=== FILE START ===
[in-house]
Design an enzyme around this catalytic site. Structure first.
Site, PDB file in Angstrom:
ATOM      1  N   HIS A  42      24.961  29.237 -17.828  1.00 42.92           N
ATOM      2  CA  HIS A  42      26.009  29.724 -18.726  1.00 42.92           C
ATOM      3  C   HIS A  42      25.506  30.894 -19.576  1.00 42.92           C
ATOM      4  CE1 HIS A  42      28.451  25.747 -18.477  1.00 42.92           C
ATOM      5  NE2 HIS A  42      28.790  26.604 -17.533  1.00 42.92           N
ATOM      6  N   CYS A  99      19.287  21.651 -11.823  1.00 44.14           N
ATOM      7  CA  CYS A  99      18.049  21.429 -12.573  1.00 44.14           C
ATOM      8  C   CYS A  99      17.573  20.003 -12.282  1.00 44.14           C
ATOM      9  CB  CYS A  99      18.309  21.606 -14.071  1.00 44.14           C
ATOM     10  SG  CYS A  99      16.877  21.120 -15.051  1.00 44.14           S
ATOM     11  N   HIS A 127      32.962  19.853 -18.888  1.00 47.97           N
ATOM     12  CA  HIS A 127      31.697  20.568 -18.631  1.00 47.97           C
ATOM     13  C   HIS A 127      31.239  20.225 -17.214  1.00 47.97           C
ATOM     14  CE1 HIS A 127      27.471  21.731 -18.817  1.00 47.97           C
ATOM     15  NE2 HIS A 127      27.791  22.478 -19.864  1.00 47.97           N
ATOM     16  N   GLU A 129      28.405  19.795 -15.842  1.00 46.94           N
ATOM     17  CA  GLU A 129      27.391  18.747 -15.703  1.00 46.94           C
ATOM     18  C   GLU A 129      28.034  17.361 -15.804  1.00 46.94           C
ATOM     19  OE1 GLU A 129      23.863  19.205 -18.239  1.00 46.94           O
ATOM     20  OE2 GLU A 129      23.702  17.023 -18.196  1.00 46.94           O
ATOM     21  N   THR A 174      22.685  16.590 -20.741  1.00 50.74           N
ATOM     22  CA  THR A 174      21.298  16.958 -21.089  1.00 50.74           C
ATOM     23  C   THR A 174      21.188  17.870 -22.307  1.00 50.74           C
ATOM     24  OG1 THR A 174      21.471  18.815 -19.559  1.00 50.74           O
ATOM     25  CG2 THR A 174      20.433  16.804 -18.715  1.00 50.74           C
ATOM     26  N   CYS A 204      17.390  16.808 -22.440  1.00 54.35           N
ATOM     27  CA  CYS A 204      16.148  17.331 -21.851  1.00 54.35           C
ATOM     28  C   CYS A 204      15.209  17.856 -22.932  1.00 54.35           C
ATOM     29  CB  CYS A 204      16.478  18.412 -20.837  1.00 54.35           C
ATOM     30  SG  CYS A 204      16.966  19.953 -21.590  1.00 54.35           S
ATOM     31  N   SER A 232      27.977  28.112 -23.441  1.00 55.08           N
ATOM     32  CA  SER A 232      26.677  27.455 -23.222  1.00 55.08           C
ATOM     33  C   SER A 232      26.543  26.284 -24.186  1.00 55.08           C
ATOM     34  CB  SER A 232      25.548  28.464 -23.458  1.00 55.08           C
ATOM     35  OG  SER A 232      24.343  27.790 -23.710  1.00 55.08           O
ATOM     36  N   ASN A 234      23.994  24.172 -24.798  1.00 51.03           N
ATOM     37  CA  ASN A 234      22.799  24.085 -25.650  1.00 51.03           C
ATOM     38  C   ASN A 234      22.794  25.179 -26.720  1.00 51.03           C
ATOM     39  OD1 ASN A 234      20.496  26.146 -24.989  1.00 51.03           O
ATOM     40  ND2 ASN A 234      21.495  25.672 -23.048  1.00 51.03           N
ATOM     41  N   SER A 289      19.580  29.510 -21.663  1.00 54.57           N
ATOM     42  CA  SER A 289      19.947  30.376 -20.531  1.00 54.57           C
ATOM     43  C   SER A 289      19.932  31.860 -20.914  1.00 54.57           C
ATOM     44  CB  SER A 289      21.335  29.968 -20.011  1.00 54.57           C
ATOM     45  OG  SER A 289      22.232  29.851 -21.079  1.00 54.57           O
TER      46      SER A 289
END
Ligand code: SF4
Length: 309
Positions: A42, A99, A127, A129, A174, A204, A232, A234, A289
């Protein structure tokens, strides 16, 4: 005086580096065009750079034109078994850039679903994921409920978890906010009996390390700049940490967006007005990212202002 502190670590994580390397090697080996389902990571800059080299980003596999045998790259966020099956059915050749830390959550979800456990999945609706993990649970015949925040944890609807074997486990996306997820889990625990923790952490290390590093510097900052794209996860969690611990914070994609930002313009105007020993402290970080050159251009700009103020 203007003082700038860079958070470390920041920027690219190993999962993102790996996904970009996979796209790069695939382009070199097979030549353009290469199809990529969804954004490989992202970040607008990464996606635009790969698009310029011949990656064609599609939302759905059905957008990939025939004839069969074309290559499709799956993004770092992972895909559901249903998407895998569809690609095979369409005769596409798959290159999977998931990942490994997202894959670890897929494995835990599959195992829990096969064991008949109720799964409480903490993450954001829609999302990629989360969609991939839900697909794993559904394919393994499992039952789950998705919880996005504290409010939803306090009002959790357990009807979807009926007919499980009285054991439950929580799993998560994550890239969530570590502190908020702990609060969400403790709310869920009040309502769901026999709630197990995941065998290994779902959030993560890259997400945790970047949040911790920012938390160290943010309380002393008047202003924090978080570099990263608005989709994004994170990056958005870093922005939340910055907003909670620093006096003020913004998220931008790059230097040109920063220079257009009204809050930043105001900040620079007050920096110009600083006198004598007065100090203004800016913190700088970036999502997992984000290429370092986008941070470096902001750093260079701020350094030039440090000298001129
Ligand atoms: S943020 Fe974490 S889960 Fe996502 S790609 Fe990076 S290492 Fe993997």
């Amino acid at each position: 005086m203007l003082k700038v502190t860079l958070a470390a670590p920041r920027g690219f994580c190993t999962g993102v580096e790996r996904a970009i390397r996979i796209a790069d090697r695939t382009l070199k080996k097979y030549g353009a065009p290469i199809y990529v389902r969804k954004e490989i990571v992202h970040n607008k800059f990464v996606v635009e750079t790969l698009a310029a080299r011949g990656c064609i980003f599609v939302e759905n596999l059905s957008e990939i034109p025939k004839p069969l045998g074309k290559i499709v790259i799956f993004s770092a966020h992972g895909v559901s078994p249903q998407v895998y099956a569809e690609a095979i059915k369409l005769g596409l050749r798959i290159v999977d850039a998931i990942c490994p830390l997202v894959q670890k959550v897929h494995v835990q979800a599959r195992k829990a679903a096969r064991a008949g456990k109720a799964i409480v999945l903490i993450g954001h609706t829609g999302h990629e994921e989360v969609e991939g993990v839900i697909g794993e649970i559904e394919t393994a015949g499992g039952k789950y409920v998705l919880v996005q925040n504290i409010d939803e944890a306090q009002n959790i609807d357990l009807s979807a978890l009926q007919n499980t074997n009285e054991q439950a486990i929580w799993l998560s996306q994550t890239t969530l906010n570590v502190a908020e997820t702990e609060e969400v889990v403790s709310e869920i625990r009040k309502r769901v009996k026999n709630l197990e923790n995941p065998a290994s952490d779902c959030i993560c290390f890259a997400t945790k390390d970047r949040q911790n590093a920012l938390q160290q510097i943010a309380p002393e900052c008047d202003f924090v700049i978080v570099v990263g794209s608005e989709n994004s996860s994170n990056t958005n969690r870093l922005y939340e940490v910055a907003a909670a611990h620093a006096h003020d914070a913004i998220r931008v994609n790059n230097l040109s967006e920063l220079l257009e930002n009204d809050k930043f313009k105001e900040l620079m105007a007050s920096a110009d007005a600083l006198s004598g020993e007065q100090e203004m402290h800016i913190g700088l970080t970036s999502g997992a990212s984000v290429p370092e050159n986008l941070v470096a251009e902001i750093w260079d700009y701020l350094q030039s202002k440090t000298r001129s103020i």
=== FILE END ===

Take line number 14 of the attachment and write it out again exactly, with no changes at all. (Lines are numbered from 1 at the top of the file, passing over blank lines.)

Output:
ATOM     11  N   HIS A 127      32.962  19.853 -18.888  1.00 47.97           N